The list of Champion Golfers to have lifted the Claret Jug at Royal Liverpool includes several of golf’s most prolific winners, from the likes of J.H. Taylor and Bobby Jones to Peter Thomson and Tiger Woods.
Yet it can be argued that the most impactful win on Hoylake’s famous links came way back in 1907, when Arnaud Massy of France claimed a unique place in The Open’s history.
Few players from outside the British Isles had even competed in the first 46 editions of the Championship. Indeed, it was not until The 30th Open in 1890 that victory was secured by a non-Scottish competitor, Hoylake’s very own amateur star John Ball.
Harold Hilton, Taylor and Jersey’s Harry Vardon – the record six-time Champion Golfer - each enjoyed multiple successes in the years that followed as The Open continued to grow, moving beyond Scotland’s borders for the first time and attracting a wider range of players in the process.
However, the Championship remained an almost exclusively British affair throughout the first decade of the 20th Century, making a French victory in The 47th Open one of huge significance.
Ahead of The Open’s return to Royal Liverpool this July, we spoke to Massy’s great granddaughter, Tracy Edgar, to learn more about her pioneering forefather.
Arnaud George Watson Massy was born in the southern French city of Biarritz – roughly a half-hour drive from the Spanish border – on 6 July 1877.
“His family were actually sheep farmers and the last thing he wanted to do was be a sheep farmer,” explained Edgar, a retired nurse in Cape Town, South Africa, whose grandfather, George Wylie Alexander, married Massy’s daughter, Margot.
“He actually worked on a fishing trawler and when it was out of season he used to work as a caddie.”
Massy’s caddying duties were undertaken at Biarritz Golf Club, which happened to be a popular stop-off for British players seeking warmer climes. As a result, he was able to learn from many of the top professionals of the time.
“That's where he got his love for golf and decided that is what he would like to do,” Edgar continued. “And when he was doing so well he started to play professionally and left the fishing and the rest of the family business behind.”
A series of trips to North Berwick enhanced Massy’s golfing knowledge and it would not be long before he took up residence in the picturesque Scottish town.
At a time when the Great Triumvirate of Taylor, Vardon and James Braid were dominating The Open, Massy quickly showed his potential.
He finished 10th on debut at Royal Liverpool in 1902, fifth at St Andrews three years later and sixth at Muirfield in 1906, the year he won the inaugural French Open for the first of a record four titles in his national event.
A second French Open crown was secured the following year, but Massy was not finished there.
In June 1907 Massy returned to Hoylake, the site of his maiden Open appearance, and performed superbly amid challenging conditions to trail the then three-time Champion Taylor by one shot through 54 holes.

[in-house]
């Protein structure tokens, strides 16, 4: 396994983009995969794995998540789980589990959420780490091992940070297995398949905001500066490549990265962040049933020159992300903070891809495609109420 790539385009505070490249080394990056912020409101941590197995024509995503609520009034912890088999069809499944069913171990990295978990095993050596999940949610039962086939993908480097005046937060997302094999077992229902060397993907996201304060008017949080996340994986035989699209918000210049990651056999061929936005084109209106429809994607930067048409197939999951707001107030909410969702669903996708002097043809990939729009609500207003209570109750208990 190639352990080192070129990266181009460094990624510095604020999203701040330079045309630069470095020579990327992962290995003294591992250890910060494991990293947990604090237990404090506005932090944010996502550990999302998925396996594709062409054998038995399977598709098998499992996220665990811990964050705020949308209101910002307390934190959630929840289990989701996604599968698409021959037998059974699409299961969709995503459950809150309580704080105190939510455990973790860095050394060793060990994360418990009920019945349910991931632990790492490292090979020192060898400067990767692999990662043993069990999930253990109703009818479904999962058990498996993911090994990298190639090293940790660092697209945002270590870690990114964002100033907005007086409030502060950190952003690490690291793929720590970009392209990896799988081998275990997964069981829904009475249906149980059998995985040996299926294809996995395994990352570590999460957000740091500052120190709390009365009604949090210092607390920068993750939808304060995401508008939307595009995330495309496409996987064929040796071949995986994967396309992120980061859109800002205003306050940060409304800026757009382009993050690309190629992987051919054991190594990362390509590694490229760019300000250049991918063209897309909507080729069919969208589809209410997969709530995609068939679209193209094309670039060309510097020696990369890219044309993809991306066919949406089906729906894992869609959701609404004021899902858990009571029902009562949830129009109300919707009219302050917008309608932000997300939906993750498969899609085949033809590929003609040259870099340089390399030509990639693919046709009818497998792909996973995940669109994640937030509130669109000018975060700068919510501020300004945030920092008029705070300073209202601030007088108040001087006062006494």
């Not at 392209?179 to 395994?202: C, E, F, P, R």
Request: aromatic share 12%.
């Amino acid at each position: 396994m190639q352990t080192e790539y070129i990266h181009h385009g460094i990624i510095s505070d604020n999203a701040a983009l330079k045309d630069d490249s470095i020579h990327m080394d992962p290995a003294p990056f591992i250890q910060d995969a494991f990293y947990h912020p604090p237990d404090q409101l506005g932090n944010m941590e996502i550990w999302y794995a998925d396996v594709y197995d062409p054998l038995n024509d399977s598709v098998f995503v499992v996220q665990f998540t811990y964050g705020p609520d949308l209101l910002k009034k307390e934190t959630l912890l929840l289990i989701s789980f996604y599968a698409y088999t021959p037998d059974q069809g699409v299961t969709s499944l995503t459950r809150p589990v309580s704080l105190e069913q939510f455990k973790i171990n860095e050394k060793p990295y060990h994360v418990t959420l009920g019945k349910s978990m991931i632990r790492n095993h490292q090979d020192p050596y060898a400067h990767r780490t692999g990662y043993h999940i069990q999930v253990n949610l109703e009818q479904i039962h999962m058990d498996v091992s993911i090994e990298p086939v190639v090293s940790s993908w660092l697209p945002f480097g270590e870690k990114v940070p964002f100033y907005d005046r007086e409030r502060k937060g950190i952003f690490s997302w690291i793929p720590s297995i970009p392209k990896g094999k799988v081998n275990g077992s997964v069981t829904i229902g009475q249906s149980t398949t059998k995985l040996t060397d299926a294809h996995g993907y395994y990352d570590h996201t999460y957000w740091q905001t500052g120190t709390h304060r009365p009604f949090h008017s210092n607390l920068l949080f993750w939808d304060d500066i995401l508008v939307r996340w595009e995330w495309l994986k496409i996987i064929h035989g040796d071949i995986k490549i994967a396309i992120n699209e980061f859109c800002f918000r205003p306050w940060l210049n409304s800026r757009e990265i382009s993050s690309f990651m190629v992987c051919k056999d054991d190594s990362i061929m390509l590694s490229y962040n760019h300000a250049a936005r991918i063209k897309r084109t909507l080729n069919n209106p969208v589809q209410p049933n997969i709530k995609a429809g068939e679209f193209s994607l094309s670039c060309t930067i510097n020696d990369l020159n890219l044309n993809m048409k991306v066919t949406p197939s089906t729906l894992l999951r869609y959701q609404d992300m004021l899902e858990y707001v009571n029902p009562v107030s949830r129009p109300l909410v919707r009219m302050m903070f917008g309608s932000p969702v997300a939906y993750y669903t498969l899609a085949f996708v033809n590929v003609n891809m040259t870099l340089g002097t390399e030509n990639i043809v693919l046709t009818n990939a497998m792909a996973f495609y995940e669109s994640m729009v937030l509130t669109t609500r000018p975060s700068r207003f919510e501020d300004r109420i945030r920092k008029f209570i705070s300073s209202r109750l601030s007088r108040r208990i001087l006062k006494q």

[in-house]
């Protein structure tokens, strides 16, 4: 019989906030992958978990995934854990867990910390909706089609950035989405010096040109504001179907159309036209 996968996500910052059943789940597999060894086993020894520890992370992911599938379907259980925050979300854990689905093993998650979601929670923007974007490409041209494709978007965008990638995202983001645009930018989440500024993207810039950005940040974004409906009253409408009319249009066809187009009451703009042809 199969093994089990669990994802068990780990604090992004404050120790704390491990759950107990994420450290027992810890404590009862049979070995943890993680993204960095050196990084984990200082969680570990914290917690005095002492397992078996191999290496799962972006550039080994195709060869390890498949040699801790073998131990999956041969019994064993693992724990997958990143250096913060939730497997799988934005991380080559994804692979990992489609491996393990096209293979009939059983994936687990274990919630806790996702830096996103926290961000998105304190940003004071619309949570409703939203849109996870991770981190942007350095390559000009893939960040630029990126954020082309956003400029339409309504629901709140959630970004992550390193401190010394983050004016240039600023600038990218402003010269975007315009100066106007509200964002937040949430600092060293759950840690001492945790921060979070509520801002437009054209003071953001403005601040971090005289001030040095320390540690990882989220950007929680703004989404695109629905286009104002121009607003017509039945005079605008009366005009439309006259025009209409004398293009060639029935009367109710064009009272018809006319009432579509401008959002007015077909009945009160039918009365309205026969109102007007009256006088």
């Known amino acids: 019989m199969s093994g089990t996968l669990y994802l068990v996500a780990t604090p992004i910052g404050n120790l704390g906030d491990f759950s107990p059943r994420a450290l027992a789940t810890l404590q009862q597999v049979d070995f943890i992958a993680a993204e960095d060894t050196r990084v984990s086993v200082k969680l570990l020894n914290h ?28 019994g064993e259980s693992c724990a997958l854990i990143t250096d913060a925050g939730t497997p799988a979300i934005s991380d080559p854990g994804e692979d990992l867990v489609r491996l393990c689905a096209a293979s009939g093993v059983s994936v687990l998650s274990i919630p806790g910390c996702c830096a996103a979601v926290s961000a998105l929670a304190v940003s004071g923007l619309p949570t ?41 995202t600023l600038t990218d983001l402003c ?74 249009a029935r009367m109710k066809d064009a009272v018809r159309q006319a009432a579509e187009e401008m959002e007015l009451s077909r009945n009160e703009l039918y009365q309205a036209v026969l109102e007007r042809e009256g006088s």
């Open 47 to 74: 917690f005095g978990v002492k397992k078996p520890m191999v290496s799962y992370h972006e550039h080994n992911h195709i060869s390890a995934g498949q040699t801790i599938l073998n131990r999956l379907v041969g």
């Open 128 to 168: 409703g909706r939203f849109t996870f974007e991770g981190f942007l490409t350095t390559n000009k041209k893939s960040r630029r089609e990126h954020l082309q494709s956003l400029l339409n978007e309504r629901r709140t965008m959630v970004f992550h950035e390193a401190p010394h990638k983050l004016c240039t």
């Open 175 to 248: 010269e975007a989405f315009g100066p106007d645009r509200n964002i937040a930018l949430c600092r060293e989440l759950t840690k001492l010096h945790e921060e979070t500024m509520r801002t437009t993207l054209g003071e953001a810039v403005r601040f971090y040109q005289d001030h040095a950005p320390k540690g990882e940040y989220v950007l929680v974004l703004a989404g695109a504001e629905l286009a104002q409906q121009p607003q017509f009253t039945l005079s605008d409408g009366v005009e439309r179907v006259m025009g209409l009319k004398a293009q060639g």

Renowned for his ability to excel in bad weather, Taylor was a strong favourite to regain the trophy he had previously secured in 1894, 1895 and 1900, but Massy sensationally got the better of the Cornishman, shooting 77 to his rival’s 80 in the final round.
For the first time in the history of The Open, a player from overseas had secured the famous Claret Jug.
Massy may have been settled in Scotland at the time of his Open success, but there was no doubting what it meant for him to claim victory for his native country.
"He was a proud Frenchman,” Edgar added emphatically. “He always believed that him winning The Open made the French people better.
“He always said that's why the French play golf, because of him. He definitely thinks that's when golf started in France as a major interest. He put France on the map with that win.”
The magnitude of Massy’s triumph certainly cannot be overstated.
To this date, he remains the only French winner of a major championship, with Jean van de Velde’s heart-breaking near-miss at Carnoustie in 1999 the closest the country has come to further glory in one of golf’s premier strokeplay events.
And although The Open would soon crown a host of American Champions through the 1920s, followed by winners from as far afield as South Africa, Australia and Argentina, it was not until 72 years after Massy lifted the Claret Jug that another player from Continental Europe, the iconic Seve Ballesteros, repeated the feat.
Remarkably, the week of Massy’s greatest golfing achievement coincided with the most joyous of news off the course as his wife Janet gave birth to the couple’s first daughter.
The child was later christened Margot Lockhart ‘Hoylake’ Massy in a nod to her father’s Open triumph, starting a naming tradition that has continued to the present day.
“My elder sister’s second name is also Hoylake,” added Edgar, whose own father was fittingly named Arnaud by Margot and her husband George.
“She is Mandrie Hoylake, so that’s carried on the tradition through the whole family.”
Arnaud Edgar was also a professional golfer, a career that took him and his relatives to South Africa.
Despite living over 8,000 miles from Royal Liverpool and the course where her great grandfather made history, Tracy Edgar has still been able to regularly revel in the achievement of her famous ancestor.
“I brag about it all the time,” she said. "I actually play the bagpipes and I played at the Citadel with the affiliation of 29 Commando and the Cape Field Artillery. We also played Music of the Night in Plymouth and holidayed in Scotland after playing there.
“When we went to St Andrews I got to brag that Arnaud Massy was my great grandfather and I made sure everyone knew that.
“We also had to make the trip to visit where my great grandfather stayed, just so I could show off again.”